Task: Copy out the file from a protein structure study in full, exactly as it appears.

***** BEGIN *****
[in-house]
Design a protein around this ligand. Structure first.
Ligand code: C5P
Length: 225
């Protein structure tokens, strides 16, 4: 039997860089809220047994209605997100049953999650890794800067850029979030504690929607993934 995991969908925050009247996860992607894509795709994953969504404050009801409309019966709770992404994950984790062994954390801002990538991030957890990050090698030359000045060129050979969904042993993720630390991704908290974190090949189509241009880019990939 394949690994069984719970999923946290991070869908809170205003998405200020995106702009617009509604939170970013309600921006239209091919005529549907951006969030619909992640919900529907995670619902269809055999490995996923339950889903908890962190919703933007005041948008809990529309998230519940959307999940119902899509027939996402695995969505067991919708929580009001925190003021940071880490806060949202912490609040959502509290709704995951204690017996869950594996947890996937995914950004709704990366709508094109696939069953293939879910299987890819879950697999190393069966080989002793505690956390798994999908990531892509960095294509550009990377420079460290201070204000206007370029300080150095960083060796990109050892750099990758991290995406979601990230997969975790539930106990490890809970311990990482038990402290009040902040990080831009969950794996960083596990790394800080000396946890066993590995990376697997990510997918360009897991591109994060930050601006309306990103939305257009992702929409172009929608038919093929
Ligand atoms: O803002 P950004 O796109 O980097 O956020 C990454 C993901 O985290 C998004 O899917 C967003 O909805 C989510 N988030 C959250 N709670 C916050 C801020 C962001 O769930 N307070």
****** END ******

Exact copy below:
[in-house]
Design a protein around this ligand. Structure first.
Ligand code: C5P
Length: 225
């Protein structure tokens, strides 16, 4: 039997860089809220047994209605997100049953999650890794800067850029979030504690929607993934 995991969908925050009247996860992607894509795709994953969504404050009801409309019966709770992404994950984790062994954390801002990538991030957890990050090698030359000045060129050979969904042993993720630390991704908290974190090949189509241009880019990939 394949690994069984719970999923946290991070869908809170205003998405200020995106702009617009509604939170970013309600921006239209091919005529549907951006969030619909992640919900529907995670619902269809055999490995996923339950889903908890962190919703933007005041948008809990529309998230519940959307999940119902899509027939996402695995969505067991919708929580009001925190003021940071880490806060949202912490609040959502509290709704995951204690017996869950594996947890996937995914950004709704990366709508094109696939069953293939879910299987890819879950697999190393069966080989002793505690956390798994999908990531892509960095294509550009990377420079460290201070204000206007370029300080150095960083060796990109050892750099990758991290995406979601990230997969975790539930106990490890809970311990990482038990402290009040902040990080831009969950794996960083596990790394800080000396946890066993590995990376697997990510997918360009897991591109994060930050601006309306990103939305257009992702929409172009929608038919093929
Ligand atoms: O803002 P950004 O796109 O980097 O956020 C990454 C993901 O985290 C998004 O899917 C967003 O909805 C989510 N988030 C959250 N709670 C916050 C801020 C962001 O769930 N307070």